Newsweek Retracts Koran Desecration Story

Newsweek magazine on Monday retracted a report that U.S. interrogators at Guantanamo Bay had desecrated the Koran after the story triggered protests in Afghanistan that killed 16 people and the White House criticized it.

“Based on what we know now, we are retracting our original story that an internal military investigation had uncovered Koran abuse at Guantanamo Bay,” Newsweek Editor Mark Whitaker said in a statement, a day after apologizing for the report.

The retraction came as the White House, the Pentagon and the State Department all heavily criticized the report and said it had damaged the U.S. image abroad. White House spokesman Scott McClellan had said it was “puzzling” that Newsweek had not retracted the story a day after apologizing for it.

“A retraction is a good first step,” McClellan said after Newsweek issued its statement. “This allegation was unsubstantiated and it was contrary to everything that we value and all that our military works to uphold. We encourage Newsweek to now work diligently to help undo what damage can be undone.”

“People lost their lives. the image of the United States abroad has been damaged. It will take work to undo what can be undone,” McClellan said.

The Pentagon said earlier an investigation remained open into allegations contained in Newsweek’s May 9 report.

The report sparked violent protests across the Muslim world — from Afghanistan, where 16 were killed and more than 100 injured, to Pakistan, Indonesia and Gaza. In the past week the reported desecration was condemned in Egypt, Saudi Arabia, Bangladesh, Malaysia and by the Arab League.

State Department spokesman Richard Boucher said it was appalling that “an article that was unfounded to begin with has caused so much harm, including loss of life.”

The U.S. image had already been tarnished in many parts of the Arab world, and Washington has labored to rebuild trust among Muslims following last year’s disclosures that U.S. guards at Baghdad’s Abu Ghraib prison physically and sexually abused Iraqi prisoners.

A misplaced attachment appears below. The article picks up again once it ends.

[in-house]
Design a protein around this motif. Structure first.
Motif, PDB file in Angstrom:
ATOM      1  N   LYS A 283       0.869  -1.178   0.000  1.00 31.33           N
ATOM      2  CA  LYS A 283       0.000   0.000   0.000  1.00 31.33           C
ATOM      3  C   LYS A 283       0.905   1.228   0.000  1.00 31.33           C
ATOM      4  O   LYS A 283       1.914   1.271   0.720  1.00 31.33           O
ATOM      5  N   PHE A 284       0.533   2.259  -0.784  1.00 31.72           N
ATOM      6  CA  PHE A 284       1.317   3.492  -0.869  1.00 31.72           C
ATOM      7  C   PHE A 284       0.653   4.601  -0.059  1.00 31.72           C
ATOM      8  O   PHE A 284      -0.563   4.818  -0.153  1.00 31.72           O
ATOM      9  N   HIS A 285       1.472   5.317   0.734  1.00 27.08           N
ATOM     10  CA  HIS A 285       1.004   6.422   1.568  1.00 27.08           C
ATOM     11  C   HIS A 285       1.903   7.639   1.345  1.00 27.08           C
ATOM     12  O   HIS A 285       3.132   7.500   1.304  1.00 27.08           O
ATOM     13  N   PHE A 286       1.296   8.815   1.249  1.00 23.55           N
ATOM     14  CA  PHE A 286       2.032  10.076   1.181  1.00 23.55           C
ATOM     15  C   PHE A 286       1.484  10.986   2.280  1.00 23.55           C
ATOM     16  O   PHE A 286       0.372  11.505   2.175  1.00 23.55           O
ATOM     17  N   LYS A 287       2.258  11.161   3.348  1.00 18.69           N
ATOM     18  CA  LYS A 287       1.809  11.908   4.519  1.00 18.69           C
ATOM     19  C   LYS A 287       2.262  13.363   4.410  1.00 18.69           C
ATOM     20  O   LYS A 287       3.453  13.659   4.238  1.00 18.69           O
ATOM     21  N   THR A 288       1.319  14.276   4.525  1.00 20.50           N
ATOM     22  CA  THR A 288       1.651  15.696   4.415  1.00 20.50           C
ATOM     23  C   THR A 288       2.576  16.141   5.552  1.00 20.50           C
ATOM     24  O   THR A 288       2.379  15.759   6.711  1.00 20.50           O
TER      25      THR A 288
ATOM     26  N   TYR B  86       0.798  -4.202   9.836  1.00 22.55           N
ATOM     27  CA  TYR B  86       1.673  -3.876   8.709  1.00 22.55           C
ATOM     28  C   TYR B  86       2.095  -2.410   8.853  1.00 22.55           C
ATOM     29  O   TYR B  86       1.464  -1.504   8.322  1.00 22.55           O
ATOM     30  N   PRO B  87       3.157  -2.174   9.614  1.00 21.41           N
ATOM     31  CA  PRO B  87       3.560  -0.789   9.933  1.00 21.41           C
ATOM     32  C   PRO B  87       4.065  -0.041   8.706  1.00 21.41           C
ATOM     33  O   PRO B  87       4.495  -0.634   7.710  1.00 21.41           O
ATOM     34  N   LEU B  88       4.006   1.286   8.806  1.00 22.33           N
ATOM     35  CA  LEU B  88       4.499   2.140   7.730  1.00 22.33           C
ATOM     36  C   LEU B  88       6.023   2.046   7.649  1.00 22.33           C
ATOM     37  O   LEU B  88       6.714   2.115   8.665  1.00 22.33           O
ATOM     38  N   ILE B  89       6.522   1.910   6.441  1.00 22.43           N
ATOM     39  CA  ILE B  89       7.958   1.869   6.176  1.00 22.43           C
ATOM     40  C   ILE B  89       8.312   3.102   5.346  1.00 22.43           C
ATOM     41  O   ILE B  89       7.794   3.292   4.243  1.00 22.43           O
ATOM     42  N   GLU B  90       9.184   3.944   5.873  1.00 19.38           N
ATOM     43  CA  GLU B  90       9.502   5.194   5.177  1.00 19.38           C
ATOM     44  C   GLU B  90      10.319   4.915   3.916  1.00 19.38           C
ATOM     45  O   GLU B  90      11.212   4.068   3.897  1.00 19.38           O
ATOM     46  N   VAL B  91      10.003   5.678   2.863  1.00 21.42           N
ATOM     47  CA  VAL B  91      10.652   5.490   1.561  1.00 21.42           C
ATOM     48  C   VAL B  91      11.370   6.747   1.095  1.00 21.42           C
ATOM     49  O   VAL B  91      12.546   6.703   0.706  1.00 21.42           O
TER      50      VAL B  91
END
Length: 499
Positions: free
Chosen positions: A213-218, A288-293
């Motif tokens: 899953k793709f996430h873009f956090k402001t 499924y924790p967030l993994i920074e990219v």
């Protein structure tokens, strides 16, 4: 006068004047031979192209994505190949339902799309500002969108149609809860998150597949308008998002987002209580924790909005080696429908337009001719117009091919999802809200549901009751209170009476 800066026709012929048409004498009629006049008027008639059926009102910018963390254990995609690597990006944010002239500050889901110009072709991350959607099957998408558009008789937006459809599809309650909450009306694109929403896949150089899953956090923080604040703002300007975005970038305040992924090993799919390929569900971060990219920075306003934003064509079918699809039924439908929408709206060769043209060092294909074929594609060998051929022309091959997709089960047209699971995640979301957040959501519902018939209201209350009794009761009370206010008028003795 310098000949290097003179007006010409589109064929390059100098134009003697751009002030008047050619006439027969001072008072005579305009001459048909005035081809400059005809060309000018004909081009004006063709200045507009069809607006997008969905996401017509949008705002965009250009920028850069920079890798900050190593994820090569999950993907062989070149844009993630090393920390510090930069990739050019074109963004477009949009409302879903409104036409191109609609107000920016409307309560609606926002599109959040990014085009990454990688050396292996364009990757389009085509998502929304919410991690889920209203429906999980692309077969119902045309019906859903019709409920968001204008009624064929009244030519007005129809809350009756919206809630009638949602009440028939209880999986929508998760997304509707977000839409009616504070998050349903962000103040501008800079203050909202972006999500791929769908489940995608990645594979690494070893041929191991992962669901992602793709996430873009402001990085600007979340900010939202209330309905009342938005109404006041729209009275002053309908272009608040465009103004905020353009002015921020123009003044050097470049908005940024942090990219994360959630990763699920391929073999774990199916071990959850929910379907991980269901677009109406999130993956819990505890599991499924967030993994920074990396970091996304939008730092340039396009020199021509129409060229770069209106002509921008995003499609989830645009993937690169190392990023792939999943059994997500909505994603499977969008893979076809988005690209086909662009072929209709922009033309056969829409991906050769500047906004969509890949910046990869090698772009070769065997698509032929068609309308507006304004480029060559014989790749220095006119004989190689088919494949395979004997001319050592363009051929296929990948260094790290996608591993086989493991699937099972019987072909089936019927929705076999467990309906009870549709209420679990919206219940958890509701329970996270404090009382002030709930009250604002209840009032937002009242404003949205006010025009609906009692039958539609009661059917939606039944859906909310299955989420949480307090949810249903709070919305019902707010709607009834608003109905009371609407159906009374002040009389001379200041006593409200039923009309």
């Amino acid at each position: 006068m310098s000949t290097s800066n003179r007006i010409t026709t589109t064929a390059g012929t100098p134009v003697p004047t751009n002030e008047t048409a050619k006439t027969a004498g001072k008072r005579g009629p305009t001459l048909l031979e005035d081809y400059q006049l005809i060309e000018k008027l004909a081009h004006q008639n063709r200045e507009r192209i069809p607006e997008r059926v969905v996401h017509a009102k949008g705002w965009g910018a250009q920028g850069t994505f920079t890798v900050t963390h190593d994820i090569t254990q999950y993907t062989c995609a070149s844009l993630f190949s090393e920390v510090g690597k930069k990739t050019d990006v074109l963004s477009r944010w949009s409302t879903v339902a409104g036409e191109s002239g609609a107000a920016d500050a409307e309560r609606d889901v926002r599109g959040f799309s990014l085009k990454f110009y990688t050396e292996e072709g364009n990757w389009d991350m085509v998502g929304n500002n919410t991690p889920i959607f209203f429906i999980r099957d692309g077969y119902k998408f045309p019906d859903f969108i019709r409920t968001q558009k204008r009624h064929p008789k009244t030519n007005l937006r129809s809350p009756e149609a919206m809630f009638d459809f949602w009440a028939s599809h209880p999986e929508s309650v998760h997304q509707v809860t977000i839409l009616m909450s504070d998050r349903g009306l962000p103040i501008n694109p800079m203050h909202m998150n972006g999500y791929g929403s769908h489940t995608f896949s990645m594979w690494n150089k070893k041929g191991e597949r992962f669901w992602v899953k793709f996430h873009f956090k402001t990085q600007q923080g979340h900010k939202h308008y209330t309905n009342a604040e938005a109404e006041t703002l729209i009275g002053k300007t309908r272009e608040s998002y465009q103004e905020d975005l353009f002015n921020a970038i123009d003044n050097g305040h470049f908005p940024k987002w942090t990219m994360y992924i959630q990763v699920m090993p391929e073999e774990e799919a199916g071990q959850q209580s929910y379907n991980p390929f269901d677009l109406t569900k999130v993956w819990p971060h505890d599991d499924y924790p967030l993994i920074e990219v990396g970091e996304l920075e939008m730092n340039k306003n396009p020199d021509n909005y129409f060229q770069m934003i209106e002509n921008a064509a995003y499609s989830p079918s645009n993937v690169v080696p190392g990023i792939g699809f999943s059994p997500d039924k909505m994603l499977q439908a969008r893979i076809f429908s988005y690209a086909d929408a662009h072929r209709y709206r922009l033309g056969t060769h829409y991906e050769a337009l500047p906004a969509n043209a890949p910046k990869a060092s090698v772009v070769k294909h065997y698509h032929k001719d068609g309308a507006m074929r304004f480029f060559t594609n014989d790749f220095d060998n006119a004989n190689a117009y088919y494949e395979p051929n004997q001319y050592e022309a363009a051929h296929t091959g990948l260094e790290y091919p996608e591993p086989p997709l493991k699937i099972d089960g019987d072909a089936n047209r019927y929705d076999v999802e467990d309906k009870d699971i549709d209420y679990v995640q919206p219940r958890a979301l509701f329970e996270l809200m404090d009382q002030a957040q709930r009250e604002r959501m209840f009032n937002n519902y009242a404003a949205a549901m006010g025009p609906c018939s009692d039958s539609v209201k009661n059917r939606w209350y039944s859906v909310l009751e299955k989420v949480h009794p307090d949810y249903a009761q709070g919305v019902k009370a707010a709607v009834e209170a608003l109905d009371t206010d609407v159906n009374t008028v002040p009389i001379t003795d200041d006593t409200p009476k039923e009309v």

A senior U.S. administration official said embassy posts would be instructed to disseminate the Newsweek retraction and try to convince Muslims that it is authentic and the original story was wrong.

Muslims in Afghanistan were skeptical about the turnaround on Monday.

“We will not be deceived by this,” Islamic cleric Mullah Sadullah Abu Aman told Reuters. “It comes because of American pressure.” Aman was the leader of a group of clerics who vowed to call for a holy war against the United States.

Afghan President Hamid Karzai, a close U.S. ally, said the report had caused a public outcry that enabled enemies to orchestrate violence. He was displeased with the magazine’s acknowledgment of error, his spokesman said.

Newsweek said in its May 23 edition that the information had come from a “knowledgeable government source” who had said a military report on abuse at Guantanamo Bay had found interrogators had flushed at least one copy of the Koran down a toilet in a bid to make detainees talk.

But the source later told the magazine he could not be certain he had seen an account of the Koran incident in the military report and that it might have been in other investigative documents or drafts, Newsweek said.

A conservative media watchdog group, Accuracy in Media, said in a news release that “blood is on the hands of Newsweek magazine” for the story. AIM editor Cliff Kincaid expressed incredulity that “nobody at Newsweek has been fired or even reprimanded.”

Pentagon spokesman Bryan Whitman was asked whether the Pentagon could say definitively that U.S. personnel never threw a Koran in a toilet at Guantanamo.

“You know, I never get into the business of saying never,” Whitman said. “What I’m saying is that this allegation that Newsweek made … about Koran desecration is demonstrably false. And there have thus far been no credible allegations of willful Koran desecration.”

The Pentagon made available a January 2003 memo setting out rules for “handling and inspecting of detainee Korans” at Guantanamo. It said U.S. personnel must “ensure that the Koran is not placed in offensive areas such as the floor, near the toilet or sink, near the feet, or dirty/wet areas.”

Whitman said, “The unfortunate part about it is you can’t go back and undo or retract the damage that they’ve done not only to this nation but to those who have been attacked, injured and some even killed because of these false allegations.”

(Additional reporting by Larry Fine, Will Dunham, Paul Eckert, David Morgan and Arshad Mohammed)

© 2005 Reuters